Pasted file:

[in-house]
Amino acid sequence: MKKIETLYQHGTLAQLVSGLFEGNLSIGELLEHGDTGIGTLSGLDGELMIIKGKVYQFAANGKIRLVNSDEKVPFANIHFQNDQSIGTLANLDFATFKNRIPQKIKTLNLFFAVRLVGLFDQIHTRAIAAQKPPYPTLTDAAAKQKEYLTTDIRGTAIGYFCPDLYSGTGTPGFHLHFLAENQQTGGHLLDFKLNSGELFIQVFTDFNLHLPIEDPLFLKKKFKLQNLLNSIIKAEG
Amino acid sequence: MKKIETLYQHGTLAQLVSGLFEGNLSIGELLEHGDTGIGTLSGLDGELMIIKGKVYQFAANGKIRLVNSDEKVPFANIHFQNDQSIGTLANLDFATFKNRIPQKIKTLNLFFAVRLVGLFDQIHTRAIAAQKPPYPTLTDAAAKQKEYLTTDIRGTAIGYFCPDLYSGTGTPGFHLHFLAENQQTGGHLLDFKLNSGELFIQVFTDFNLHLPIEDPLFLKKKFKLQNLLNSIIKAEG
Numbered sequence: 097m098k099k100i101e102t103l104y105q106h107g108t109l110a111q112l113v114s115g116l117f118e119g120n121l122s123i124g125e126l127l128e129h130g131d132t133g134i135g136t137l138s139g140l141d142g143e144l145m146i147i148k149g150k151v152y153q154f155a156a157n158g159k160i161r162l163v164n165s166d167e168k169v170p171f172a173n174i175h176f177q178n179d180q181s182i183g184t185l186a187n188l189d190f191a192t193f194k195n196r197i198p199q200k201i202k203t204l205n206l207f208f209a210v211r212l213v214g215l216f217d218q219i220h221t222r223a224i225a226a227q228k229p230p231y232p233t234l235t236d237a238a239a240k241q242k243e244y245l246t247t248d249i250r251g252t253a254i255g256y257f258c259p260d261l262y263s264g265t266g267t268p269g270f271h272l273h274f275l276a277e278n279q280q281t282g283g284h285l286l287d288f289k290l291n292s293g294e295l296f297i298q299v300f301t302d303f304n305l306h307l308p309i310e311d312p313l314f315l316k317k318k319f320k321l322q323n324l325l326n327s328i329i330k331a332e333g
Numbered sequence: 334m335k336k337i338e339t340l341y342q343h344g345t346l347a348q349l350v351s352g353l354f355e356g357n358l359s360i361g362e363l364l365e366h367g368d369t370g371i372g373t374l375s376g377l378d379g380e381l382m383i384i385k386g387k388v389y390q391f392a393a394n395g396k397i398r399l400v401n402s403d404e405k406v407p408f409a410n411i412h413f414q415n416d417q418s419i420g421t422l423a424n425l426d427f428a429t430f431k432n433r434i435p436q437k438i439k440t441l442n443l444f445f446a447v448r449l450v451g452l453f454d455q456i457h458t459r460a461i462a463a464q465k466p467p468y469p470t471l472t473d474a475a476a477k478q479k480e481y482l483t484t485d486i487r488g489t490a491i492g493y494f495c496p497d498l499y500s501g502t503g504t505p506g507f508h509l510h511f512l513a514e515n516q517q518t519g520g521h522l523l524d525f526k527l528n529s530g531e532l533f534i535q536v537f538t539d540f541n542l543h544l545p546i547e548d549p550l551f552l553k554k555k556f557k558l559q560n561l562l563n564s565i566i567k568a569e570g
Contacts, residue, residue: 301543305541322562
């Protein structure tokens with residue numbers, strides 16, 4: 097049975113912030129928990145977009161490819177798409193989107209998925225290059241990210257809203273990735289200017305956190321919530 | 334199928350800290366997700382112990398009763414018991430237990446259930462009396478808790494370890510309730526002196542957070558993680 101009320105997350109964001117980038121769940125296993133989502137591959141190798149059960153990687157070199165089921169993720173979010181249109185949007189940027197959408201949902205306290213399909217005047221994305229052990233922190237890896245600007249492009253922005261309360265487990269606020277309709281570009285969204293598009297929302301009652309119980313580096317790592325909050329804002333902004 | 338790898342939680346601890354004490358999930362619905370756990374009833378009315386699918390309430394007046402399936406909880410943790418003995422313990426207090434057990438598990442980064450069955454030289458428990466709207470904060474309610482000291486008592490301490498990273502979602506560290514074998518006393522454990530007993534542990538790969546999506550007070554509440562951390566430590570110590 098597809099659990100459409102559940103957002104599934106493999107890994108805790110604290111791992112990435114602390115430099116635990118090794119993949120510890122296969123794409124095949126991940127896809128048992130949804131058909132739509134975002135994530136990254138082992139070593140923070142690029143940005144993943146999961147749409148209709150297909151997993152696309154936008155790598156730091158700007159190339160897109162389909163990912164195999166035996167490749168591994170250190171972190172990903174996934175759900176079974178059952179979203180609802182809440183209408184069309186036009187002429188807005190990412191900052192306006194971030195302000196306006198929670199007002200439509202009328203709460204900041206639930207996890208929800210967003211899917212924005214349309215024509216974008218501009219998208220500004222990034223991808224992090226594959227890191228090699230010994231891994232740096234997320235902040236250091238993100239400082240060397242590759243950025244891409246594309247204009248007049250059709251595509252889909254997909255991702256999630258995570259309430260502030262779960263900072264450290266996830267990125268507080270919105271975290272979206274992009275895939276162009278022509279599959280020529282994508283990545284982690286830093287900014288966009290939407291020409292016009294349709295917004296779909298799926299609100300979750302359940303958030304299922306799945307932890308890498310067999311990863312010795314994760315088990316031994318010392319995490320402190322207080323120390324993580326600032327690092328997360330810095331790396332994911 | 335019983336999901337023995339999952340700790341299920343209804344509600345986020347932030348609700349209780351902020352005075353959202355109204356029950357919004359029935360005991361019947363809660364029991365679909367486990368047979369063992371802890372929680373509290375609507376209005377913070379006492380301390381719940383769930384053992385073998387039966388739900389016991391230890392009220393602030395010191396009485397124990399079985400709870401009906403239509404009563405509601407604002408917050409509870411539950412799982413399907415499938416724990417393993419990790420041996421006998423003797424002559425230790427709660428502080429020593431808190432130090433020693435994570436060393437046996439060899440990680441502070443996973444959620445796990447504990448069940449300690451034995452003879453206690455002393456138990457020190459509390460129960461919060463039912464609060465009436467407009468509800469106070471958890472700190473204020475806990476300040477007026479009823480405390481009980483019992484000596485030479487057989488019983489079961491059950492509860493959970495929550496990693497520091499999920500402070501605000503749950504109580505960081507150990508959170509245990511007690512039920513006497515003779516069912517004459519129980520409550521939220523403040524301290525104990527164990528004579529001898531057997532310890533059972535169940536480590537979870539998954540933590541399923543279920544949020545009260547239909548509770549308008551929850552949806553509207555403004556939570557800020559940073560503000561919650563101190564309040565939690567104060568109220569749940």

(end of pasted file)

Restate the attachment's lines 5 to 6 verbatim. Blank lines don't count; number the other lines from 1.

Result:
Numbered sequence: 334m335k336k337i338e339t340l341y342q343h344g345t346l347a348q349l350v351s352g353l354f355e356g357n358l359s360i361g362e363l364l365e366h367g368d369t370g371i372g373t374l375s376g377l378d379g380e381l382m383i384i385k386g387k388v389y390q391f392a393a394n395g396k397i398r399l400v401n402s403d404e405k406v407p408f409a410n411i412h413f414q415n416d417q418s419i420g421t422l423a424n425l426d427f428a429t430f431k432n433r434i435p436q437k438i439k440t441l442n443l444f445f446a447v448r449l450v451g452l453f454d455q456i457h458t459r460a461i462a463a464q465k466p467p468y469p470t471l472t473d474a475a476a477k478q479k480e481y482l483t484t485d486i487r488g489t490a491i492g493y494f495c496p497d498l499y500s501g502t503g504t505p506g507f508h509l510h511f512l513a514e515n516q517q518t519g520g521h522l523l524d525f526k527l528n529s530g531e532l533f534i535q536v537f538t539d540f541n542l543h544l545p546i547e548d549p550l551f552l553k554k555k556f557k558l559q560n561l562l563n564s565i566i567k568a569e570g
Contacts, residue, residue: 301543305541322562